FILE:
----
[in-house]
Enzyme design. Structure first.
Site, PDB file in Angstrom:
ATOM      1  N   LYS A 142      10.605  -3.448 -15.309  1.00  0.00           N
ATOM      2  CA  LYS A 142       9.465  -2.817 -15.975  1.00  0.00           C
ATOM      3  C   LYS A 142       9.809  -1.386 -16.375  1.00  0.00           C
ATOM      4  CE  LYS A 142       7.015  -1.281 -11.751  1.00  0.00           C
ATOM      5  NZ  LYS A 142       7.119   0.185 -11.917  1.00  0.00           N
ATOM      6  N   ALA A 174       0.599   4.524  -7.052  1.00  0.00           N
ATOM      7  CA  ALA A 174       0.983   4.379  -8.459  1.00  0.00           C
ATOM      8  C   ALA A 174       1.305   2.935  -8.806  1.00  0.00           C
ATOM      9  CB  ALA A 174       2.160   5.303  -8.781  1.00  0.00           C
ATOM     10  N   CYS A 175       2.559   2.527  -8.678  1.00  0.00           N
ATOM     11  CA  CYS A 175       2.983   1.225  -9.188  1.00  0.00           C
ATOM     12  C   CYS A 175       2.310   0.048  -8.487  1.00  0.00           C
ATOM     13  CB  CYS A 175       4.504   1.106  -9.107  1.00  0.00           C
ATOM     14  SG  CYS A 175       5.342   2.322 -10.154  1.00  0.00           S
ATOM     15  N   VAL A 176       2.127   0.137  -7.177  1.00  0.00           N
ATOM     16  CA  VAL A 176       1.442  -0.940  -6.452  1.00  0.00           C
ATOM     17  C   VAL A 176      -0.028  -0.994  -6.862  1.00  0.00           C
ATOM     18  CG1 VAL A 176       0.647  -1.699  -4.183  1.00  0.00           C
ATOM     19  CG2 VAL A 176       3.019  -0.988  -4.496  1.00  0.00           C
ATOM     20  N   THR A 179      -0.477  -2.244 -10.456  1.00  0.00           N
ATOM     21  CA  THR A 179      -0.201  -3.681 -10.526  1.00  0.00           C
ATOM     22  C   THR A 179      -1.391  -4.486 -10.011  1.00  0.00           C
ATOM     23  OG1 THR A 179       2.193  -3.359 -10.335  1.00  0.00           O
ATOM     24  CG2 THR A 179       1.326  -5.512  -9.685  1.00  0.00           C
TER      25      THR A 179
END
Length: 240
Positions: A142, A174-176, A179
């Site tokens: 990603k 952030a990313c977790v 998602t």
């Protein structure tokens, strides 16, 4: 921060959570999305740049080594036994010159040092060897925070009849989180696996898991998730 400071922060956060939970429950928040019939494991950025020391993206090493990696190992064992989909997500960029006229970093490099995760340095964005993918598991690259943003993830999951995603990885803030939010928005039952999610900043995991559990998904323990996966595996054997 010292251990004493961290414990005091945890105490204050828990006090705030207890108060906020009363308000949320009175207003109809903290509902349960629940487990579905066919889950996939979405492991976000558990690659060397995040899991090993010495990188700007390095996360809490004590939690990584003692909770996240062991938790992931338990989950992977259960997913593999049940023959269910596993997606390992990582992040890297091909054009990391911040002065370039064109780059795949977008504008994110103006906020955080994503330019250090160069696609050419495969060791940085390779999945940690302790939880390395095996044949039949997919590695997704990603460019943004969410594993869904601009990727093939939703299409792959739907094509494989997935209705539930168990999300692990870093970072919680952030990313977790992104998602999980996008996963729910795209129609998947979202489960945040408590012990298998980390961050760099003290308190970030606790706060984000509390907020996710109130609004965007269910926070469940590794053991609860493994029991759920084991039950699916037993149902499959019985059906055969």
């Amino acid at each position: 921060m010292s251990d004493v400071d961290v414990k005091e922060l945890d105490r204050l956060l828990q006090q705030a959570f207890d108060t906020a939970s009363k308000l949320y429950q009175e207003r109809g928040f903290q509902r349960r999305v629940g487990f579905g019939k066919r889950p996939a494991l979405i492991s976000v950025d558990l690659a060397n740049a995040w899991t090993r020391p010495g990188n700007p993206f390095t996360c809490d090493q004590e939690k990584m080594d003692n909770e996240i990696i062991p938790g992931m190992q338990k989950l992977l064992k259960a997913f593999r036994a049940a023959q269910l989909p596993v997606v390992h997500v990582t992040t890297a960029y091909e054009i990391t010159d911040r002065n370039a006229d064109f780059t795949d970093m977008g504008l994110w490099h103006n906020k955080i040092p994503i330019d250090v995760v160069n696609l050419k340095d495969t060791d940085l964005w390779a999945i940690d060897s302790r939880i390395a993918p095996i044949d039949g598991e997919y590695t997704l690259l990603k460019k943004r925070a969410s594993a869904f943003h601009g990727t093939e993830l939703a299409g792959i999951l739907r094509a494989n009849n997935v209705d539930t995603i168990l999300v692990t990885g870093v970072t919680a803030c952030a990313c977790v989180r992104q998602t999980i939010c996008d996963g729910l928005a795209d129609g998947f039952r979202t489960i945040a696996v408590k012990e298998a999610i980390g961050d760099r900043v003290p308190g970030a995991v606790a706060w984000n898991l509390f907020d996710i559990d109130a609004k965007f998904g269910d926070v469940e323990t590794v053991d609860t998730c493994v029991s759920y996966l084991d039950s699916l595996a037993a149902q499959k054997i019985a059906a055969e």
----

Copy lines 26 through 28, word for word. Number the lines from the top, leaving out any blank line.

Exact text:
ATOM     23  OG1 THR A 179       2.193  -3.359 -10.335  1.00  0.00           O
ATOM     24  CG2 THR A 179       1.326  -5.512  -9.685  1.00  0.00           C
TER      25      THR A 179